Stolen power tools


Hundreds of stolen tools belonging to tradesmen working across the North-west remain unclaimed - despite an appeal by police in St Helens last month.


The expensive drills, jig saws, chop saws and whizzers were seized by officers carrying out a warrant at a house in the town centre in December. A 51-year-old man was arrested on suspicion of handling stolen goods and is currently on police bail until next month.


Detectives organised an Aladdin's Cave public open day in which people whose homes, sheds, garages or vehicles had been broken into could go along and see if their belongings were among those found during the raid.


But despite a positive response with things like laptops, games consoles, sat navs and even a BMX or two having been claimed, tools belonging to tradesmen who may have fallen victim to a burglar or thief years ago have been left behind.


Detective Constable Jeff Huxley, who has already reunited an Apple Mac with its rightful owner in Liverpool and some electrical testing kit with a utilities company in Berkshire, said the task had been a laborious one.


"This really has been a difficult task due to the sheer number of items we have found at this one house in St Helens," he said. "The officers who searched the property found tool boxes and equipment everywhere and spent seven hours documenting everything.


"The investigating was passed to CID and I have spent the past few months painstakingly trying to identify who each item originally belonged to.


"We have had some successes where things have been security marked, which is something we always advise you do, and the open day was worthwhile.


"But there are still many people out there, largely tradesmen, who have yet to come forward. Although the goods were seized in St Helens, they may have been stolen from elsewhere in the North-west.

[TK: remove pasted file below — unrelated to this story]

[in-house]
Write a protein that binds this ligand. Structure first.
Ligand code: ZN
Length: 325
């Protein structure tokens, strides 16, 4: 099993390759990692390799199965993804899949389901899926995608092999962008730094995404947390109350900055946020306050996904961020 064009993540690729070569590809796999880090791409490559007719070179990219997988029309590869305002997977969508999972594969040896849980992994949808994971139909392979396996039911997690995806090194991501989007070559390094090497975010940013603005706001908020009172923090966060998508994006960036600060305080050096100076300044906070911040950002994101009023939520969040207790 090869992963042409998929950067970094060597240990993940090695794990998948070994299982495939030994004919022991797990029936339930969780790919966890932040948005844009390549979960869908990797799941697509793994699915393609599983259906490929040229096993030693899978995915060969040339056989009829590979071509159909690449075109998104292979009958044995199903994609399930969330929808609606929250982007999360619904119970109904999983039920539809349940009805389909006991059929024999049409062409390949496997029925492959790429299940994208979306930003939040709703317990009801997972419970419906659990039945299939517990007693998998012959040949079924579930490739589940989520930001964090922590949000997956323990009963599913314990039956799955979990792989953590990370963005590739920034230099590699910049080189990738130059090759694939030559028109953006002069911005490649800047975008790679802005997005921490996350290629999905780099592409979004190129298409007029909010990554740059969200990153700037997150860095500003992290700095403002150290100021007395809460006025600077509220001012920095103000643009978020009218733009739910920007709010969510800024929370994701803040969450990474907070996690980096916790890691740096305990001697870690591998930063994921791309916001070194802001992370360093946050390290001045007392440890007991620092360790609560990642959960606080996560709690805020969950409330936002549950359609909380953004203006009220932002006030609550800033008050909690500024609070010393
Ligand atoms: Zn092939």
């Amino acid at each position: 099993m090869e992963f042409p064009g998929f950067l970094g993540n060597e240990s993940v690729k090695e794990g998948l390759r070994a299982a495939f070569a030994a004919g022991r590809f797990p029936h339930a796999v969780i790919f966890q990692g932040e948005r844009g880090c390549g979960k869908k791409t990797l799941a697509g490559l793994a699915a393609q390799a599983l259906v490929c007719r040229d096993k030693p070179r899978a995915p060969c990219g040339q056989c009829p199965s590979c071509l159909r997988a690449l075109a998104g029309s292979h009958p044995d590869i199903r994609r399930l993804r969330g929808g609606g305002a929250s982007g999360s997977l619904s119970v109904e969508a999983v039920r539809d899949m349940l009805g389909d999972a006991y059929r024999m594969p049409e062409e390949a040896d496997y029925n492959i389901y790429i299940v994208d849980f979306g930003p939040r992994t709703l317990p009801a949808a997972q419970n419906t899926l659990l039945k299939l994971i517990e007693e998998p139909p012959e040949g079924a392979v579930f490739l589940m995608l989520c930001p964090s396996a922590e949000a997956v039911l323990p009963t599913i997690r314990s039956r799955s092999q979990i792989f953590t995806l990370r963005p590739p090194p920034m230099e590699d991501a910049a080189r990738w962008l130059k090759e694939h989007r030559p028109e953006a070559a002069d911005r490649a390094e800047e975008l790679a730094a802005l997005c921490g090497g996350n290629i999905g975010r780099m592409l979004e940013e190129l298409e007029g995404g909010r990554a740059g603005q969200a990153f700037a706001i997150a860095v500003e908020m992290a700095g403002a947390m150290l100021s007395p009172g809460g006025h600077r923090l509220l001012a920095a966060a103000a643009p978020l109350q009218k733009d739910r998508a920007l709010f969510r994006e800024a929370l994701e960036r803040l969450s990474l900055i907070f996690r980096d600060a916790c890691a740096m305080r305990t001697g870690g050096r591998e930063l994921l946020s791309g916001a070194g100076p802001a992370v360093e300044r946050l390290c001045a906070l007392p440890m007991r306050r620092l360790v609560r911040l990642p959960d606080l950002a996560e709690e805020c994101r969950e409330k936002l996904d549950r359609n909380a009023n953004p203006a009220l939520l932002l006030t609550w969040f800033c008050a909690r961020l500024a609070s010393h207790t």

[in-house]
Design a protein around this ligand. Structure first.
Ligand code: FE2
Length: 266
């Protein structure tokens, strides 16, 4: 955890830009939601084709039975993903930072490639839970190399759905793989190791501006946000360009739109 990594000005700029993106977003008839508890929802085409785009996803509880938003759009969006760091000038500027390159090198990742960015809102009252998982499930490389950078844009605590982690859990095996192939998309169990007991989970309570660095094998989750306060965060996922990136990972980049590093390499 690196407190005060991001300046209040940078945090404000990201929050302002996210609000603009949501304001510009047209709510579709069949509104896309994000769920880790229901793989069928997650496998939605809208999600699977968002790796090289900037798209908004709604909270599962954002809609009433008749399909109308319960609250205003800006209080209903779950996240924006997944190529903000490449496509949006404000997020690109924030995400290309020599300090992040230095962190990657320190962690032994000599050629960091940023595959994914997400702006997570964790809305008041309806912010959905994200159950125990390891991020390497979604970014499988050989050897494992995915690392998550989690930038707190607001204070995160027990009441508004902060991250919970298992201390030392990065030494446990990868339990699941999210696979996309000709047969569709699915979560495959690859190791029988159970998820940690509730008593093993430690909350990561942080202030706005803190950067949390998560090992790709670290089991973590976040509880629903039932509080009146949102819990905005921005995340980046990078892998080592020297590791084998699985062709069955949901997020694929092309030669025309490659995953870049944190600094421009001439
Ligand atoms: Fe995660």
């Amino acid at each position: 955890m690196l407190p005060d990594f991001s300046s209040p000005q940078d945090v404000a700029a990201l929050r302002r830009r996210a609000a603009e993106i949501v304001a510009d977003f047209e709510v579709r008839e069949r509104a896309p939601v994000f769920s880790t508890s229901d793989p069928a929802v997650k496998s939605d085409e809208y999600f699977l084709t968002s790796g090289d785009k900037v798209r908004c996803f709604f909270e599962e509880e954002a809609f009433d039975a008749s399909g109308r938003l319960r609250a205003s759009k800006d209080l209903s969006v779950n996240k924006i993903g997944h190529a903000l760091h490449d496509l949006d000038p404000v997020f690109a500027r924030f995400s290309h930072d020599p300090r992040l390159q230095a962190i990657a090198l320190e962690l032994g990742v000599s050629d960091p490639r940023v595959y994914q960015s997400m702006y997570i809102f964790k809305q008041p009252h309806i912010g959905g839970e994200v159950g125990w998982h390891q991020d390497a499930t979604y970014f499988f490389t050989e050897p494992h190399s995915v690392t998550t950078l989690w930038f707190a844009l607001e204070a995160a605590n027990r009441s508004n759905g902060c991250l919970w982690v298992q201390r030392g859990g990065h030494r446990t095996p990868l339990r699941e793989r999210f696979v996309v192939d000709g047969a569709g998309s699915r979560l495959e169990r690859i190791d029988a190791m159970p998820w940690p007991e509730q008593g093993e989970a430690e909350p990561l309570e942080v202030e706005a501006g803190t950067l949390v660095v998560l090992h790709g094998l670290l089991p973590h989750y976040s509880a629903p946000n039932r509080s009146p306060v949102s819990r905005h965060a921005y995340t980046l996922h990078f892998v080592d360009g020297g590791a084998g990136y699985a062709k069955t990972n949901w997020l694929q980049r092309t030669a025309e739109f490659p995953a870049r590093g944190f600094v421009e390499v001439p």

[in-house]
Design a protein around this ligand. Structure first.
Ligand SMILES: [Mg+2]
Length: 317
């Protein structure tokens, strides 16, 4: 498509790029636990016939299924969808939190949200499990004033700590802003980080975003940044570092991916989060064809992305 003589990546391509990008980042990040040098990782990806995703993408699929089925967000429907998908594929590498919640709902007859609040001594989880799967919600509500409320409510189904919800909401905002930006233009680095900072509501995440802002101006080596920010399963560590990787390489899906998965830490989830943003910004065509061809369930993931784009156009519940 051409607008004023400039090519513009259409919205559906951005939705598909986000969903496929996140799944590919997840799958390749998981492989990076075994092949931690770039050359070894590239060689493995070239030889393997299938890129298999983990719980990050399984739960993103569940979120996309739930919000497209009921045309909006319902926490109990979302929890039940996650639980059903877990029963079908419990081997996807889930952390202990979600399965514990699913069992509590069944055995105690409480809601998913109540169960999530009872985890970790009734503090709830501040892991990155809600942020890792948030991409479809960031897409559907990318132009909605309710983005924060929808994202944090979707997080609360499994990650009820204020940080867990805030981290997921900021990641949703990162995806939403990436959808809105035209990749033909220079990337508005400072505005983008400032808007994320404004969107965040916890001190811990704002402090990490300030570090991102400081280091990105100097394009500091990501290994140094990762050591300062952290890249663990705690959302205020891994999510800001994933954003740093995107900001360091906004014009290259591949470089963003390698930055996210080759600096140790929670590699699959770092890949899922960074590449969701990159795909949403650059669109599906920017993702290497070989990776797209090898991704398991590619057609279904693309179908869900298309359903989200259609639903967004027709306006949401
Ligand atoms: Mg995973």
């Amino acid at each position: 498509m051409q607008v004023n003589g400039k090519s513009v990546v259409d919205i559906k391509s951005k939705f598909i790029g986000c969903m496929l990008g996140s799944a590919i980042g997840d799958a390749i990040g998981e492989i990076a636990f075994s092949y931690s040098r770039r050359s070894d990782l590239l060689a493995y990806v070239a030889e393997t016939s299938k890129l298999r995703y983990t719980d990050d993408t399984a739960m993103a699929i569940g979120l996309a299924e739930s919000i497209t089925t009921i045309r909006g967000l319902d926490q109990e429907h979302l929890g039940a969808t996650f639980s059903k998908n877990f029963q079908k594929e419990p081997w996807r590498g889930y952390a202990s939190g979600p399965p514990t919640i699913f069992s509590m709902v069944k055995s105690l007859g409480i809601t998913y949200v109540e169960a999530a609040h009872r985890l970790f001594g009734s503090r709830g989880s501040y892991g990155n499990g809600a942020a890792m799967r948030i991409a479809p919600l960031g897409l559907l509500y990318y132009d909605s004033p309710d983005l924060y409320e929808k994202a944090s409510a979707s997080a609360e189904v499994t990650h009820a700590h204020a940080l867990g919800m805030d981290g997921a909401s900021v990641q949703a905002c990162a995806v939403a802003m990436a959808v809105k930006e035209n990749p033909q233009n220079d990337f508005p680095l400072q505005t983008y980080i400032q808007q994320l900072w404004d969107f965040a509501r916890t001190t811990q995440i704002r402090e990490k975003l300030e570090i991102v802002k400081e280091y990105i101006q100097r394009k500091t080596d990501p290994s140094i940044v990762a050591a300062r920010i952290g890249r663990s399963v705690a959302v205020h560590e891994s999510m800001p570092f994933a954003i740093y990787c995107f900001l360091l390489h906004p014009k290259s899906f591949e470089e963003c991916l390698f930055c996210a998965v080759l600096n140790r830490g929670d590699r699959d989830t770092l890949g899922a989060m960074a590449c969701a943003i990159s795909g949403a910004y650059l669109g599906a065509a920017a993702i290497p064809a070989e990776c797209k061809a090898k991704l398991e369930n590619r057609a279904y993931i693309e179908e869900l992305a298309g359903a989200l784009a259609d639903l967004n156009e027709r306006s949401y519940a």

"I suspect that most of them will belong to electrician and plumbers but could in theory belong to a whole range of tradesmen. My message to them is that if you have had things stolen from a works van in the months leading up to last December in St Helens or the surrounding area, email me with information about any distinctive features or markings and we will look to get them back to you."




Information you should look to provide as proof of ownership:


Details of any crime reference number or incident log number given to you by the police when you reported the original crime, regardless of which force you made the report to.


Any proof of purchase or ownership.


Details about any identifying marks that may be on the item being claimed as well as a description of it.


Anyone who is able to positively identify an item as belonging to them will be required to give a statement to the police as part of the evidential process.